The Big Bang Theory season 7 episode 20 review: The Relationship Diremption

Here's Juliette's review of the latest episode of The Big Bang Theory...

This review contains spoilers.

7.20 The Relationship Diremption

The Big Bang Theory splits itself down the middle in its latest episode with two more or less equally weighted stories, one focusing on Sheldon, the other focusing on Howard.

Technically the A-story (the story referenced in the title) is Sheldon’s and, typically, Leonard, Penny and Amy are essentially reduced to supporting players in Sheldon’s story. Sheldon has what is essentially a mid-life crisis when Kripke asserts that string theory, which both have dedicated their careers to proving, is in fact unprovable. Kripke isn’t bothered by this at all, for he is, as he puts it, a ‘string pragmatist’ and is quite happy to take the funding and run with it. However, Sheldon has genuinely dedicated the past twenty years of his life to proving it and is thrown into turmoil when suddenly confronted with the idea that such a thing is impossible.

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Sheldon confides in Penny about this problem, and as ever the pairing of these two is both sweet and effective. He ends up taking her advice and viewing the situation as a relationship break-up. He then reads up on how to deal with relationship break-ups from Cosmopolitan, resulting in him contemplating burning his books (an idea rejected because it is, he says, too reminiscent of East Texas picnics) asking Penny to re-style his hair, drinking and deciding to enjoy his freedom and wait for a new area of research to come to him rather than actively looking for one.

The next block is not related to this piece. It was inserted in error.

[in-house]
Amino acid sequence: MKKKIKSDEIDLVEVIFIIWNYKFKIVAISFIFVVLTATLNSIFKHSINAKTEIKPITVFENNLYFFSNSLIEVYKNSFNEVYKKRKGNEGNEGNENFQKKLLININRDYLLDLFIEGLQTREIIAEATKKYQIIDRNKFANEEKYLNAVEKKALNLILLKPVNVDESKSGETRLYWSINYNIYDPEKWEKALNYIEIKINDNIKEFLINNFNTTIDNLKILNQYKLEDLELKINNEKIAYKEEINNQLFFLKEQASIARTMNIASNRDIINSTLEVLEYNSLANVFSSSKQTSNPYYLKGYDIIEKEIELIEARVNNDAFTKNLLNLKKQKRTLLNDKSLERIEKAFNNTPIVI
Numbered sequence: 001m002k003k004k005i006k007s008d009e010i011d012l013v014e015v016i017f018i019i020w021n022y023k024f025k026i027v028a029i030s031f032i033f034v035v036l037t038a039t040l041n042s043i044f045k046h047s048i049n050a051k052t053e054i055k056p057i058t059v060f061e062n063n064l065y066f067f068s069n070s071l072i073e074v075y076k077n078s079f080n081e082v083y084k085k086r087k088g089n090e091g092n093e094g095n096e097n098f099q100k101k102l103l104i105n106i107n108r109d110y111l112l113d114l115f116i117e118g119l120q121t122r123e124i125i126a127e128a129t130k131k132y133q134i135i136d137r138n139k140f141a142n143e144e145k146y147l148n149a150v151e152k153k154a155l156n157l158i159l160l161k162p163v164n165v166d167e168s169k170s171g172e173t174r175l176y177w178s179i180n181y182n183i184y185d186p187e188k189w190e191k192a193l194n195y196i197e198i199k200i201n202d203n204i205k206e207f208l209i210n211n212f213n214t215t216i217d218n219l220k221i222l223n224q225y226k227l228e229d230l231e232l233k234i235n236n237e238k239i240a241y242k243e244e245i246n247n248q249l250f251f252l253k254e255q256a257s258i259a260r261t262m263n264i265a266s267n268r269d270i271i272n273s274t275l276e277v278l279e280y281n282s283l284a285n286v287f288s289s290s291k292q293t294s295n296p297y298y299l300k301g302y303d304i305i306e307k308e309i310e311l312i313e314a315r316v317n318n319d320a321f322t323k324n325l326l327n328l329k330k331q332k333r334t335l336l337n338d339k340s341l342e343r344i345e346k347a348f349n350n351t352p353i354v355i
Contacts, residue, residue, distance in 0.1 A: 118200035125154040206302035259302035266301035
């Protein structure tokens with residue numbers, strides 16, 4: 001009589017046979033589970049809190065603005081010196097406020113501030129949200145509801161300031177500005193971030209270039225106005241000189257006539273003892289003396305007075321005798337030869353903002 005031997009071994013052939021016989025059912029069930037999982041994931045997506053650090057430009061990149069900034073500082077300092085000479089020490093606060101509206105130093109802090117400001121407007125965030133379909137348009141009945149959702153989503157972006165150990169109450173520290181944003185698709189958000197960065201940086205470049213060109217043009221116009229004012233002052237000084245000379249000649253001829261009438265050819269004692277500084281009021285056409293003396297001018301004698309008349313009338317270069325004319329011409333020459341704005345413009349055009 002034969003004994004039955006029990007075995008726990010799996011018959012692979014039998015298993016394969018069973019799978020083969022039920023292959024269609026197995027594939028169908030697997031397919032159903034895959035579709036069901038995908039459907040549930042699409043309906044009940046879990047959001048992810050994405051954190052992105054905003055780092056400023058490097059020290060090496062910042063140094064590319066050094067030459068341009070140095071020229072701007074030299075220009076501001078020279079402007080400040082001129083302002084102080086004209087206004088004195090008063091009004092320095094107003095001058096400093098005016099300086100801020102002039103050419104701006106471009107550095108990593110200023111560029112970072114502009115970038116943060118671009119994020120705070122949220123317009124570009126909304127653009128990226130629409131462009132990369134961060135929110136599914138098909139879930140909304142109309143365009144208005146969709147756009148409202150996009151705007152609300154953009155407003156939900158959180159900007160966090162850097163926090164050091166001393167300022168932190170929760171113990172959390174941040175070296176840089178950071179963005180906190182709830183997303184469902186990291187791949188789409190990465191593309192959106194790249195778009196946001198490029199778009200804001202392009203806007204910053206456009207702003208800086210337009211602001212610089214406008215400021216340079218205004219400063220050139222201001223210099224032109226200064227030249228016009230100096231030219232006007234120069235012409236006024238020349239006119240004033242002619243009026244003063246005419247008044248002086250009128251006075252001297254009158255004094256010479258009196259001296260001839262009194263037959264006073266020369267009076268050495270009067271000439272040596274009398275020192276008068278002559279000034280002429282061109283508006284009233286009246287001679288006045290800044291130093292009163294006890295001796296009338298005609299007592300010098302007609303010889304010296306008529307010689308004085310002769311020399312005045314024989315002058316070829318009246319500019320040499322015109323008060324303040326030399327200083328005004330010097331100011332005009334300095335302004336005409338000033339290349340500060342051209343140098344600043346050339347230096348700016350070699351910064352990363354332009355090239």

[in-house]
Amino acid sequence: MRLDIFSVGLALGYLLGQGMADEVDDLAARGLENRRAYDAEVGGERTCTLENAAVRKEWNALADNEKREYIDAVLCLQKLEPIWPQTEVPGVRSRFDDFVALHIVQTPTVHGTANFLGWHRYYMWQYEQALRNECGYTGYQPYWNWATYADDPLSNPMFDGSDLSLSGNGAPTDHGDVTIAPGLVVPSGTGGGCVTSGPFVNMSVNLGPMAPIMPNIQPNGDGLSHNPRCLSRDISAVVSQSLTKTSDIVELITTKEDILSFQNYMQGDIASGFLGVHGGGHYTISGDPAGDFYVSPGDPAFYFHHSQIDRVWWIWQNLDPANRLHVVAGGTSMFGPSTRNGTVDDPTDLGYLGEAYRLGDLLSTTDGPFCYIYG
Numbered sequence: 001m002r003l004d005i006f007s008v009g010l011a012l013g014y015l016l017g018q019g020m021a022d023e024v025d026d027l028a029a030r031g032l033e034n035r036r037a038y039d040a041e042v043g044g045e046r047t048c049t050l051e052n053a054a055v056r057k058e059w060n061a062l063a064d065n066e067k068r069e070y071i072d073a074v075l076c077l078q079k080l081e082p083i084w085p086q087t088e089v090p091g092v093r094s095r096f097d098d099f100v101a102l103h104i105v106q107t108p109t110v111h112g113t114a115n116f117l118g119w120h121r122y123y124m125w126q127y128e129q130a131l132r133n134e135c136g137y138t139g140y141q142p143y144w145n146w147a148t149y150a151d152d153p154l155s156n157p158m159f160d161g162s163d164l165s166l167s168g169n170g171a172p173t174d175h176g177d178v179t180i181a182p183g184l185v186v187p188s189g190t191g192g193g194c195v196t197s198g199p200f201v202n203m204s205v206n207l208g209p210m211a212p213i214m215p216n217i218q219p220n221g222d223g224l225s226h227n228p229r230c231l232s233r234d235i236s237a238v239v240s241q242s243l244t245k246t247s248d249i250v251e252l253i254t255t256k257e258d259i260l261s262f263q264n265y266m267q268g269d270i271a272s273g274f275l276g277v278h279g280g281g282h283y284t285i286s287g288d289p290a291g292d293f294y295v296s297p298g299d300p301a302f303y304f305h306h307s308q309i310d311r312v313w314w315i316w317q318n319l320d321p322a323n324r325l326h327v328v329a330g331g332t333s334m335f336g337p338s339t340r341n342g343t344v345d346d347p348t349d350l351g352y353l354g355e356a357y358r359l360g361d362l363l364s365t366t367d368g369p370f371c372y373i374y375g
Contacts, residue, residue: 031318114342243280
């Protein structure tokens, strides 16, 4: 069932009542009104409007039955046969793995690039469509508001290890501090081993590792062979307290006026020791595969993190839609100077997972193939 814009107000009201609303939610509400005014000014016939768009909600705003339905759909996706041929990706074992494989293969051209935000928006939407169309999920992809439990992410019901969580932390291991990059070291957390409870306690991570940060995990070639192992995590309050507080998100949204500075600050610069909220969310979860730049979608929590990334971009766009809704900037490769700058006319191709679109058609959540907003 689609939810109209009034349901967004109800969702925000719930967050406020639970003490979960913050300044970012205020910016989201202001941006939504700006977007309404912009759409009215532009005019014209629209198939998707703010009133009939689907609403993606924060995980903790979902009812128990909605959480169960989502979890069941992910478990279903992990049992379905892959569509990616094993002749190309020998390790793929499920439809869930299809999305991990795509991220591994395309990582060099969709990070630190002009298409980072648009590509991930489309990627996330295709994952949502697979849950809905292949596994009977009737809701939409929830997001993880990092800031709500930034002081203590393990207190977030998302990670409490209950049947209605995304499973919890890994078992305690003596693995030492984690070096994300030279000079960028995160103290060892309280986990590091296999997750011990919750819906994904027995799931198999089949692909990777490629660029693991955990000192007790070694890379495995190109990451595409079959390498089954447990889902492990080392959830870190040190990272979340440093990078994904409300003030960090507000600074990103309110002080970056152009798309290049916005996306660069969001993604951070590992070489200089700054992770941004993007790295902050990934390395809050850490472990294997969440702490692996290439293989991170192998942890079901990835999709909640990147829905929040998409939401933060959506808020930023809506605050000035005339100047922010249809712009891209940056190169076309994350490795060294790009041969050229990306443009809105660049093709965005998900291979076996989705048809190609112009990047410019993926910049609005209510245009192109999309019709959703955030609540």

There are a number of academic nits we could pick with this story. For one thing, if this is Sheldon’s life’s work, could one off-hand comment from Kripke really convince him that something he’s always believed possible is, in fact, impossible? Okay, he was also bothered by the advances being made in other fields while he has made no progress over the two decades he’s been working on his own, but it still seems a bit abrupt. And how can Sheldon simply decide to drop string theory entirely and sit around waiting for a new idea or area of scientific research to come to him? It’s been established that Sheldon doesn’t teach at the university, because he’s terrible at it, which means he is employed and/or funded purely to do research – and funding granted by some kind of funding body is usually granted for a specific project with a specific goal in a specific field. Perhaps the university will employ him to research whatever he wants, but even if that is the case, he still can’t sit around enjoying his freedom and doing no work.

Now, we know what you’re going to say – this is a sitcom and we shouldn’t require it to be completely realistic. This is, after all, the show that sent Howard Wolowitz – a man who broke the Mars Rover trying to impress a date – into space. But there is a level to which we can suspend disbelief, and then there is a point at which it starts to get stretched a little. Still, in The Big Bang Theory’s defence, this is hardly the worst or most extreme example of sitcoms’ general tendency to have a fairly loose relationship with reality, especially when it comes to employment. Characters in sitcoms have always displayed a remarkable ability to pick up jobs easily, leave jobs and come back to them when they change their mind, get jobs they are clearly in no way qualified for etc., so perhaps we should go easy on the show in this case.